He took me to see the lake which was right out in the back of beyond. With no sign of human beings, it was just a wild, reed-fringed lake with birch forests beyond in their brilliant gold Autumn colours against a deep blue sky. The lake had carp and pike in it, as well as swans, ducks and herons; and Sergey claimed there were deer and wild boar in the forest.

He wanted to top up the water in the lake from a nearby canal and start clearing out the reeds which were encroaching into the lake by introducing a type of carp (it sounded something like a ‘barb-mouthed carp’) that would keep the vegetation down.

It was mind-silencingly beautiful and I could not understand why anyone would want to spoil it by bringing loads of people there and turning it into a tourist centre. Sergey, however, could not seem to grasp that this would spoil the place.

Anyway, he seemed to be involved in several businesses, one of which was a saw mill which is where we went next. But it was a saw mill with a difference. It has only been going for a year and employed 10 people, all of whom had lost their jobs, mainly due to drink. Vasily told me later that Sergey had told him that he was an ex-drinker.

Alcoholism is a terrible blight on Belarusian society (as it is in Russia too). I had seen it close up when I had stayed in remote Belarusian villages and been treated to amazing feasts punctuated by frequent toasts. With nothing to do, living lives of often hard physical labour through harsh winters and with no hope that things would ever improve, people turned to drink as the fastest way out of town. Even though distilling your own vodka was illegal, many people did it, hiding their gear out in the forests. I can assure you from my experience that their samogon (home-made vodka) was lethal.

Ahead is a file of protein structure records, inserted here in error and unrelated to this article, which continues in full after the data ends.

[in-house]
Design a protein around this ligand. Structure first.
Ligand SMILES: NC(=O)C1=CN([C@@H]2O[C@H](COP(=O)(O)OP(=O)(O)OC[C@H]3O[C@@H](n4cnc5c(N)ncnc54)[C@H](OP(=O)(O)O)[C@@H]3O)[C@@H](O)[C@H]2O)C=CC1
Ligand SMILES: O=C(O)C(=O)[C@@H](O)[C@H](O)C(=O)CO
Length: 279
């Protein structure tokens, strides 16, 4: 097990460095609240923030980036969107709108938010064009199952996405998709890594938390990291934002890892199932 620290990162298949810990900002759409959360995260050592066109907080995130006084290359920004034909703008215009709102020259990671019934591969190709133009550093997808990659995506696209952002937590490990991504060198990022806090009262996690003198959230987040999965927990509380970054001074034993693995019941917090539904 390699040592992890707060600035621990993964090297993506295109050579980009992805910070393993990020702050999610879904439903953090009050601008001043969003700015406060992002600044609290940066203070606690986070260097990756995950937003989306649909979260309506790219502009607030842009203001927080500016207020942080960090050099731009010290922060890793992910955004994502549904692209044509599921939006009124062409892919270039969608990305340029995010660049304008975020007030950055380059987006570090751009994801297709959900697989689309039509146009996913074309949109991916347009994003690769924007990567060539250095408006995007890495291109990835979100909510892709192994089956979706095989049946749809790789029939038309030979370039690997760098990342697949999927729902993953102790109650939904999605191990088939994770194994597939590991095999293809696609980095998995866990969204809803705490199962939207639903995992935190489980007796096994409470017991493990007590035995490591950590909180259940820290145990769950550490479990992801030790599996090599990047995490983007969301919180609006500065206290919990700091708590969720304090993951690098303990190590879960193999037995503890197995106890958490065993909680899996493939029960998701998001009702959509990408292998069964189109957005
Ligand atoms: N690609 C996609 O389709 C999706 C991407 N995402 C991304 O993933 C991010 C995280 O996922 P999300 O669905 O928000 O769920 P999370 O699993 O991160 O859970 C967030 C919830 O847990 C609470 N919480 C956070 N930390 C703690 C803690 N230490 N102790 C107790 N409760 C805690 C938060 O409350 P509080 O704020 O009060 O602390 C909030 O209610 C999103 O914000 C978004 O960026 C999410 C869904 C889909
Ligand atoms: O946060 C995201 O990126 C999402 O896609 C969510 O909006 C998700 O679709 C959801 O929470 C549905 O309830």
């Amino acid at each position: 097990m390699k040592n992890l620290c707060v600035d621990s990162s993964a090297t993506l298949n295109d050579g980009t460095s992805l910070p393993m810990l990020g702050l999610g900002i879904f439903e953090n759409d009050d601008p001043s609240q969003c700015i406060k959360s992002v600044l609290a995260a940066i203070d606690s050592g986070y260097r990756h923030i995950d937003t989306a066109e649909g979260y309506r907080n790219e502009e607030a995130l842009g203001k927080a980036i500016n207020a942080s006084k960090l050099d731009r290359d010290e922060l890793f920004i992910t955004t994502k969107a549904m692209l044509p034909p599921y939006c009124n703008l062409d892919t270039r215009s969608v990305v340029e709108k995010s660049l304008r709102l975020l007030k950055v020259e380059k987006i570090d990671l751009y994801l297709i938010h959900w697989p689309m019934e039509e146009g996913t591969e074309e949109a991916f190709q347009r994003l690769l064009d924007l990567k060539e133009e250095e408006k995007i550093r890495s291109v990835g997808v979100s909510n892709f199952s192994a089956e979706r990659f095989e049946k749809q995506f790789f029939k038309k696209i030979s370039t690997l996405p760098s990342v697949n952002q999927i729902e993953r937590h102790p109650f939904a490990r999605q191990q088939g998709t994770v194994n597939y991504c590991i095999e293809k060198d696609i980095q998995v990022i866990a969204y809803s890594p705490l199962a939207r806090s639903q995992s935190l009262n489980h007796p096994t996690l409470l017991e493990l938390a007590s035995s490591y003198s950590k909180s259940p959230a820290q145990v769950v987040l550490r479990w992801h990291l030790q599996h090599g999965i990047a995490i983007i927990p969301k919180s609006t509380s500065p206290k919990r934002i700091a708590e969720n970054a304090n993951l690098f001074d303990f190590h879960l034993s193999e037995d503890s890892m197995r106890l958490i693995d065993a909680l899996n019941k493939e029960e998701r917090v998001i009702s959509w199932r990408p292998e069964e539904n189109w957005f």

I wondered how Sergey kept them in order. He had a couple of foremen who made sure they worked and if they came to work drunk they got fined. It was a very dangerous place for people to stagger around having had a drink or two, as there were a couple of vicious looking electric saws with no guards on them. My friend Vasily was horrified at the lack of basic safety precautions.

Sergey provided them with accommodation too and was adamant that many of them came right in the end. If they asked him to help them stop drinking, he paid to send them to a doctor and after 1-2 sessions they usually gave up. I was curious as to what sort of doctor this might be that could perform miracle cures of alcoholism in such a short time, but did not get any clear answers.

Sergey got the contracts to supply timber, usually for companies in Minsk, and then sourced and bought the timber for finishing at the sawmill. In addition to the saws, he had a couple of tractors, an old lorry and a drying house which he wanted to use to cure the wood and install a lathe to add value to the raw timber by making shaped wood (tongue and groove, etc).

The workers got paid c.$100 per month, which is the same as what forestry workers received. Whilst we were there, some of the lads were loading up the lorry to take palleted rough timber up to Minsk which it has taken them about a month to prepare.

I was curious about his background. He used to be a tractor driver before working in forestry. Then he started buying spare parts in Minsk, taking them over the border to Ukraine and selling them, which at the time was against the law. He saw that this was not going to lead anywhere and a friend lent him some money to set up his own business in the village. He looked around, rented some land next to his parents home and set up the sawmill there. The sawmill had a good strong wooden fence round it which he said was there ‘to keep out the old Communists’.

To my friend Vasily’s huge amusement, Sergey called the sawmill the Pilorama (Saw-o-rama). As we were leaving the sawmill one of the workers came up to Sergey and asked him for a drink, and Sergey gave him a quick shot from a clear plastic bottle in his car.

Neither Vasily nor I could really understand what this was all about and why he thought that I might be able to help him. Our projects were all about sustainable livelihoods and using small amounts of money to try to make a big difference in people’s lives, not supporting businesses. But I often wonder whether the lake project ever got off the ground and what happened to the lads at the sawmill.